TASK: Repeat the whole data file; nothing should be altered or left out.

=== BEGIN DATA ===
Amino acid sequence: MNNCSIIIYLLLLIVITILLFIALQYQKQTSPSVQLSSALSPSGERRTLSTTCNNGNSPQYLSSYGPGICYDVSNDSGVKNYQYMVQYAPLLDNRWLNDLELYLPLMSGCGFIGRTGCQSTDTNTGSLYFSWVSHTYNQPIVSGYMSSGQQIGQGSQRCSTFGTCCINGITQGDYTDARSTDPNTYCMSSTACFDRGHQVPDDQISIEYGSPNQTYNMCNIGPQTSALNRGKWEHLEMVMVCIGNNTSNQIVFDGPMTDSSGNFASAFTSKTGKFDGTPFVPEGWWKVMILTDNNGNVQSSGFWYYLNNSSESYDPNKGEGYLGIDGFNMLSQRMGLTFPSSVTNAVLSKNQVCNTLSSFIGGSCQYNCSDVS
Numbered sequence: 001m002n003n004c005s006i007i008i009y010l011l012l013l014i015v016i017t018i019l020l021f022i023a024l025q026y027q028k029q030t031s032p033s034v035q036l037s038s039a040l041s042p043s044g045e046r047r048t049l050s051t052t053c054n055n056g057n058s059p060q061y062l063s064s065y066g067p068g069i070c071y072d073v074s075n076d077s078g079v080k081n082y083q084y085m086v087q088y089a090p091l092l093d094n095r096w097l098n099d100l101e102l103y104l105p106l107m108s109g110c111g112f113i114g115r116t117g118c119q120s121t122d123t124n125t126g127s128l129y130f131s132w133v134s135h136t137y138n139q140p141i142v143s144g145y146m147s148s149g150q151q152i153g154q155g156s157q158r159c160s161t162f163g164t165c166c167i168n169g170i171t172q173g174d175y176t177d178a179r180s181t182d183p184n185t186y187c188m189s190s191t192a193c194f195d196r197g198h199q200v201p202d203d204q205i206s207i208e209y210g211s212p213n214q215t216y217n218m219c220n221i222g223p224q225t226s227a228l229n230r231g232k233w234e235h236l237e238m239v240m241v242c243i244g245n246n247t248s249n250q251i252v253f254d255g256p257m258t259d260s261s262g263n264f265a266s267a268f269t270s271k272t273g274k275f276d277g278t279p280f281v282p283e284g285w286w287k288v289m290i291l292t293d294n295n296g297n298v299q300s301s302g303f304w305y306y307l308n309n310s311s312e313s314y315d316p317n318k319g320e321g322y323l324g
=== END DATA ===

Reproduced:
Amino acid sequence: MNNCSIIIYLLLLIVITILLFIALQYQKQTSPSVQLSSALSPSGERRTLSTTCNNGNSPQYLSSYGPGICYDVSNDSGVKNYQYMVQYAPLLDNRWLNDLELYLPLMSGCGFIGRTGCQSTDTNTGSLYFSWVSHTYNQPIVSGYMSSGQQIGQGSQRCSTFGTCCINGITQGDYTDARSTDPNTYCMSSTACFDRGHQVPDDQISIEYGSPNQTYNMCNIGPQTSALNRGKWEHLEMVMVCIGNNTSNQIVFDGPMTDSSGNFASAFTSKTGKFDGTPFVPEGWWKVMILTDNNGNVQSSGFWYYLNNSSESYDPNKGEGYLGIDGFNMLSQRMGLTFPSSVTNAVLSKNQVCNTLSSFIGGSCQYNCSDVS
Numbered sequence: 001m002n003n004c005s006i007i008i009y010l011l012l013l014i015v016i017t018i019l020l021f022i023a024l025q026y027q028k029q030t031s032p033s034v035q036l037s038s039a040l041s042p043s044g045e046r047r048t049l050s051t052t053c054n055n056g057n058s059p060q061y062l063s064s065y066g067p068g069i070c071y072d073v074s075n076d077s078g079v080k081n082y083q084y085m086v087q088y089a090p091l092l093d094n095r096w097l098n099d100l101e102l103y104l105p106l107m108s109g110c111g112f113i114g115r116t117g118c119q120s121t122d123t124n125t126g127s128l129y130f131s132w133v134s135h136t137y138n139q140p141i142v143s144g145y146m147s148s149g150q151q152i153g154q155g156s157q158r159c160s161t162f163g164t165c166c167i168n169g170i171t172q173g174d175y176t177d178a179r180s181t182d183p184n185t186y187c188m189s190s191t192a193c194f195d196r197g198h199q200v201p202d203d204q205i206s207i208e209y210g211s212p213n214q215t216y217n218m219c220n221i222g223p224q225t226s227a228l229n230r231g232k233w234e235h236l237e238m239v240m241v242c243i244g245n246n247t248s249n250q251i252v253f254d255g256p257m258t259d260s261s262g263n264f265a266s267a268f269t270s271k272t273g274k275f276d277g278t279p280f281v282p283e284g285w286w287k288v289m290i291l292t293d294n295n296g297n298v299q300s301s302g303f304w305y306y307l308n309n310s311s312e313s314y315d316p317n318k319g320e321g322y323l324g